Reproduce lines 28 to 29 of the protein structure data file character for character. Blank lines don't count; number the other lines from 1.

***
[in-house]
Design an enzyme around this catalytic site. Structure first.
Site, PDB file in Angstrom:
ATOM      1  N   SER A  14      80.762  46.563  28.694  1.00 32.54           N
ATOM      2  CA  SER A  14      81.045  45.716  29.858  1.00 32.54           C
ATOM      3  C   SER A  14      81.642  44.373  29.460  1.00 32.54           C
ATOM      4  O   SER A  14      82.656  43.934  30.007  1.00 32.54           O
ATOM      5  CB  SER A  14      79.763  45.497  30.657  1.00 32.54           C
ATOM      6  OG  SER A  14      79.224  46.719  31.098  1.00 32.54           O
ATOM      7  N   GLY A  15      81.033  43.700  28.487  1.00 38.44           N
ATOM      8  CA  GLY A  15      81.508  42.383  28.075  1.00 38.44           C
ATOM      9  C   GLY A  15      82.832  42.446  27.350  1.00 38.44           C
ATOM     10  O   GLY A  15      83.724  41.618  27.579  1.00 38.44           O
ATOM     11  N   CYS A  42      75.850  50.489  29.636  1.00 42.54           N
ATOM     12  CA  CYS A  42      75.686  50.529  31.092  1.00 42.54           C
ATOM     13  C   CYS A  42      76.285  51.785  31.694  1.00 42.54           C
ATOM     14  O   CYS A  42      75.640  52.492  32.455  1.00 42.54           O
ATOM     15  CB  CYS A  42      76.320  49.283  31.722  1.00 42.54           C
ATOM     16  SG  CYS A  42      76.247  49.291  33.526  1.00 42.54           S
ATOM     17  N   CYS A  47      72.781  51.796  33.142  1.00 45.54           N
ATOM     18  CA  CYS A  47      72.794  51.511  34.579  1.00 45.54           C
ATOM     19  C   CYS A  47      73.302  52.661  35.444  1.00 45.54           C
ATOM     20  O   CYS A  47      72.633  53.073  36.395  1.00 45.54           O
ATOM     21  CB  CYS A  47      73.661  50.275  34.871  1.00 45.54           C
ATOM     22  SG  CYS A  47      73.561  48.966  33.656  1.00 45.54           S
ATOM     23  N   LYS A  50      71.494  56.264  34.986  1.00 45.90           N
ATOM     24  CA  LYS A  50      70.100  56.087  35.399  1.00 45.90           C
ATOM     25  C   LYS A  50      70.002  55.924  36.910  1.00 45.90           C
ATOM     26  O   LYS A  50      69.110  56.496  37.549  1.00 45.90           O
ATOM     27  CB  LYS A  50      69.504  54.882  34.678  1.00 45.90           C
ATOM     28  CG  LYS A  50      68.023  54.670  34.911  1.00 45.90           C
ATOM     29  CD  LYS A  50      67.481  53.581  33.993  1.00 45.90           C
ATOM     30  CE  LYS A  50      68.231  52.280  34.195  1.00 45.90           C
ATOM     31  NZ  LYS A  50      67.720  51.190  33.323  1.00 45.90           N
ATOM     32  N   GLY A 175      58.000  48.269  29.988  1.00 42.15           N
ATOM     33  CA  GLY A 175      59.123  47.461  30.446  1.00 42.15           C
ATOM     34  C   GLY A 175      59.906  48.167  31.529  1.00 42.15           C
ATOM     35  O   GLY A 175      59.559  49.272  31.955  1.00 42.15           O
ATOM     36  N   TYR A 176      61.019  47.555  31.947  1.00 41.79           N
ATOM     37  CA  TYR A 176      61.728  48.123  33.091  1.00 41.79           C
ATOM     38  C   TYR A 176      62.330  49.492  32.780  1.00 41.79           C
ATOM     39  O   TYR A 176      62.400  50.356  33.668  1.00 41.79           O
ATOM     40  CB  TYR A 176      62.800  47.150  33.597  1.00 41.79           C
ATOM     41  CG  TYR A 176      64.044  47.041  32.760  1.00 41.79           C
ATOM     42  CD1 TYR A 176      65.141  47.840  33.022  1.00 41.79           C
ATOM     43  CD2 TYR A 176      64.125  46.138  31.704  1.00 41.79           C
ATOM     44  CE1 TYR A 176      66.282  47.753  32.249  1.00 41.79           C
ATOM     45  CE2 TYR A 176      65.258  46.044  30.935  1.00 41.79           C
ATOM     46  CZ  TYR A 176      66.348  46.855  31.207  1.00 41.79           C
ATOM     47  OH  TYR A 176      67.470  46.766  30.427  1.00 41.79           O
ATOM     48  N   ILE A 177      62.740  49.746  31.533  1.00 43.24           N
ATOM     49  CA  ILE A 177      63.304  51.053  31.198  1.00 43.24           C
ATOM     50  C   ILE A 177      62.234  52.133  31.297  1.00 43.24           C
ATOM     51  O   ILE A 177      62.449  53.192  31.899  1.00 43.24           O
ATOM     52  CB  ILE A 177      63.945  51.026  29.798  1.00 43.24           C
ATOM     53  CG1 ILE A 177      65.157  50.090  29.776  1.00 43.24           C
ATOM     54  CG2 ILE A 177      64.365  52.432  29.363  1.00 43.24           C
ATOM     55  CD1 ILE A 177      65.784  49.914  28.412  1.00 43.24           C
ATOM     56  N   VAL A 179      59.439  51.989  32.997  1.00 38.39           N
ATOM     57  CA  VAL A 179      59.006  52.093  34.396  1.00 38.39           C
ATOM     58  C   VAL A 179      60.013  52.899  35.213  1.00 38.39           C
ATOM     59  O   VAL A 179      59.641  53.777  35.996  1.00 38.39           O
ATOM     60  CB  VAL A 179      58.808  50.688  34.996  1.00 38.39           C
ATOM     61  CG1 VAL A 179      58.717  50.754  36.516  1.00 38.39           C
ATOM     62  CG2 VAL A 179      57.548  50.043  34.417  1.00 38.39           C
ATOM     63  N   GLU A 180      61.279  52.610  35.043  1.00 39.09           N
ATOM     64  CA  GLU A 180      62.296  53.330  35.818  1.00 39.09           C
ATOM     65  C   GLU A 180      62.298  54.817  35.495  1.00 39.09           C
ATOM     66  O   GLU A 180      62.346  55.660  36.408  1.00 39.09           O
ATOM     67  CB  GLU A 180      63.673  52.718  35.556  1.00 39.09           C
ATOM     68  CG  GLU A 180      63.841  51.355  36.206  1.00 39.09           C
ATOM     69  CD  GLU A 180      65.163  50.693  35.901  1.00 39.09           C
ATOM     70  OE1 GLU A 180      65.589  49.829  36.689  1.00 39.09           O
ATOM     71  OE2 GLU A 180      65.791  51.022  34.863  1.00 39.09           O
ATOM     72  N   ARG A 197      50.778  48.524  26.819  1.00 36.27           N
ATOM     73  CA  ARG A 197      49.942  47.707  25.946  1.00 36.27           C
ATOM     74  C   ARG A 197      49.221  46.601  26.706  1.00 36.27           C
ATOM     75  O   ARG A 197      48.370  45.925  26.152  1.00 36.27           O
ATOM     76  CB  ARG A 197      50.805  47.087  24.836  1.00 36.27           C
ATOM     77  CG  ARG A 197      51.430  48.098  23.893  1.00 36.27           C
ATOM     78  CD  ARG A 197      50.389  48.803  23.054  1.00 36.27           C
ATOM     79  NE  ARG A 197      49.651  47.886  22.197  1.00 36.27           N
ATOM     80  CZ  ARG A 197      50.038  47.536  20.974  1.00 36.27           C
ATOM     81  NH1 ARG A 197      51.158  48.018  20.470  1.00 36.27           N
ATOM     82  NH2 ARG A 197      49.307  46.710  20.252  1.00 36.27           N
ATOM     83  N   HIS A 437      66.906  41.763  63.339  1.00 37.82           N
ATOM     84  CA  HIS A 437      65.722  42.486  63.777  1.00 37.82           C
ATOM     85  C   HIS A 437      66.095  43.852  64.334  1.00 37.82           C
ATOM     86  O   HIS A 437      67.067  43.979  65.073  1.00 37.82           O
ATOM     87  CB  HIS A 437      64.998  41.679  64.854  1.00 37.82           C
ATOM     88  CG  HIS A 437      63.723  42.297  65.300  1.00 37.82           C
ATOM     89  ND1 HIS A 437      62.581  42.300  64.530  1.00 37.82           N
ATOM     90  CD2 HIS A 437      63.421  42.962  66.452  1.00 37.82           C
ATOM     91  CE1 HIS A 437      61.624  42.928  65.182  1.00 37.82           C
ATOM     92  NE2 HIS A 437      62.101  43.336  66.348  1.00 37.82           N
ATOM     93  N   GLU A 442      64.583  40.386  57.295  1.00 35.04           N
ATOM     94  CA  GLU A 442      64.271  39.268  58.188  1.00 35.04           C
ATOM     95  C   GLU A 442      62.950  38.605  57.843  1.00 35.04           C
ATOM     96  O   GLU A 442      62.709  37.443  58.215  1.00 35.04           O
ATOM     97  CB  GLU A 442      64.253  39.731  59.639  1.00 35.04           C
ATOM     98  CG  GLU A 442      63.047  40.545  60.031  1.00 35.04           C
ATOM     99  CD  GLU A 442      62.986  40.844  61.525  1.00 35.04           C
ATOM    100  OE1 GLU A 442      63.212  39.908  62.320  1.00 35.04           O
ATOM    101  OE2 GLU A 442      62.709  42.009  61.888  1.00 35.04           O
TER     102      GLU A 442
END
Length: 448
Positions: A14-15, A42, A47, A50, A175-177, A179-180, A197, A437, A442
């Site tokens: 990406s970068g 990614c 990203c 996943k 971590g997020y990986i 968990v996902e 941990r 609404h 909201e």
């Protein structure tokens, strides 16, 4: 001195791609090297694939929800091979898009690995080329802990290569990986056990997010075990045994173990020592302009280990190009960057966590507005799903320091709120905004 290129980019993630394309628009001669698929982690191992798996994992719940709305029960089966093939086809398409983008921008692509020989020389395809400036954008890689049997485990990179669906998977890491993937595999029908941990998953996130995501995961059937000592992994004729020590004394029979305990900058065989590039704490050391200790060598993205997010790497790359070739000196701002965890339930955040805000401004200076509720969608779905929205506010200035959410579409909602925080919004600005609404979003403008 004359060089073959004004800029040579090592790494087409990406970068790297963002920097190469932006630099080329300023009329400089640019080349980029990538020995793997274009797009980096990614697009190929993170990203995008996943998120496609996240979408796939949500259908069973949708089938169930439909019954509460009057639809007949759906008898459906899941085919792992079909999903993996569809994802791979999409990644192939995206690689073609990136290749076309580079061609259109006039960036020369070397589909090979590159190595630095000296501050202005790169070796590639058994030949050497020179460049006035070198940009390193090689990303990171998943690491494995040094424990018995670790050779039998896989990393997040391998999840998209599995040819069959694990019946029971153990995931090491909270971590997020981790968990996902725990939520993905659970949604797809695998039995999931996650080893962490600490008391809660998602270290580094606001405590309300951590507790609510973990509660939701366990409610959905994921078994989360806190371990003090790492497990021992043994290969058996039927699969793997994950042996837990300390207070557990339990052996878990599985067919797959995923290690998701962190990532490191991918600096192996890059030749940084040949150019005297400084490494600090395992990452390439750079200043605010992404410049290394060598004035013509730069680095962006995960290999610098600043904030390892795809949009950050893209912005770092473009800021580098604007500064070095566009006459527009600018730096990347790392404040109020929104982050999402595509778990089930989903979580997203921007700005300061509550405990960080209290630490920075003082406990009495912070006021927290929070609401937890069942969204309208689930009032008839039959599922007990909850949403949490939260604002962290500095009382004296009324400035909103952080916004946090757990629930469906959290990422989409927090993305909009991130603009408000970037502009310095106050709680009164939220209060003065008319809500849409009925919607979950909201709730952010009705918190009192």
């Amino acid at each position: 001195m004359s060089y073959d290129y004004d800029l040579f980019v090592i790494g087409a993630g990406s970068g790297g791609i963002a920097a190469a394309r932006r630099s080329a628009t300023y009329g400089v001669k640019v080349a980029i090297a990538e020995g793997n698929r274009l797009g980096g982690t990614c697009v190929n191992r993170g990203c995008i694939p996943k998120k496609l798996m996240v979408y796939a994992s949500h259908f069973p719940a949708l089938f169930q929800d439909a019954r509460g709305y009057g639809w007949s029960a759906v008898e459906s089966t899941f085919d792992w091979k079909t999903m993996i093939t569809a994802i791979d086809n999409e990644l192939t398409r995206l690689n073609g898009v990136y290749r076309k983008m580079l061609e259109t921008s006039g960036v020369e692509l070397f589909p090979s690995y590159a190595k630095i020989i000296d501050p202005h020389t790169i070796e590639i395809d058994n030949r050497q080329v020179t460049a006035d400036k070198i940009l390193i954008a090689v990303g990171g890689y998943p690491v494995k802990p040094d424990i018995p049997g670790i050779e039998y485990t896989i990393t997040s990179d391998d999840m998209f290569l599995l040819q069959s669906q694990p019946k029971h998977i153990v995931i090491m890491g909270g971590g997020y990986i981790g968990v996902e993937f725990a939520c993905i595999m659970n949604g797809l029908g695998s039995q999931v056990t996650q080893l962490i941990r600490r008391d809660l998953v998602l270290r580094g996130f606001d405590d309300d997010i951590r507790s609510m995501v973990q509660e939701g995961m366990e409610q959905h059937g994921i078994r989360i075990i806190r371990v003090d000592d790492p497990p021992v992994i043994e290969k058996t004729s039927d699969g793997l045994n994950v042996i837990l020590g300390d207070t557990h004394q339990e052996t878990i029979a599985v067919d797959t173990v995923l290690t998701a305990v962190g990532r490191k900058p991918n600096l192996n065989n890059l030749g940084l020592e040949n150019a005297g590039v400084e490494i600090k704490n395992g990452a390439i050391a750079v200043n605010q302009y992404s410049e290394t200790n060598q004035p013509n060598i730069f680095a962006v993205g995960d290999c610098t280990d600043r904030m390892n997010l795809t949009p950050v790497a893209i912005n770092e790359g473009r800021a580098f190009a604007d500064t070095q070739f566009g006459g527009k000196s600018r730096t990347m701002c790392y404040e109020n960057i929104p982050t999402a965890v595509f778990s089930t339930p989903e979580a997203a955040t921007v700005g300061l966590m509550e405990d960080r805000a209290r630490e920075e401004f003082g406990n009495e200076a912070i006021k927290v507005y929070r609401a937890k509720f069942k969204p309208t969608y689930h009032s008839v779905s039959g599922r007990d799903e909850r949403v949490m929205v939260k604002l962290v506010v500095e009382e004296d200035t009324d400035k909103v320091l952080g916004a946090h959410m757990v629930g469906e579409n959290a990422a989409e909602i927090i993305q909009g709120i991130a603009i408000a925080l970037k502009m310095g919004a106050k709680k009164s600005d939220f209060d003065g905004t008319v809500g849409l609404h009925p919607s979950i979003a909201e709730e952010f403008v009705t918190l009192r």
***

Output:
ATOM     25  C   LYS A  50      70.002  55.924  36.910  1.00 45.90           C
ATOM     26  O   LYS A  50      69.110  56.496  37.549  1.00 45.90           O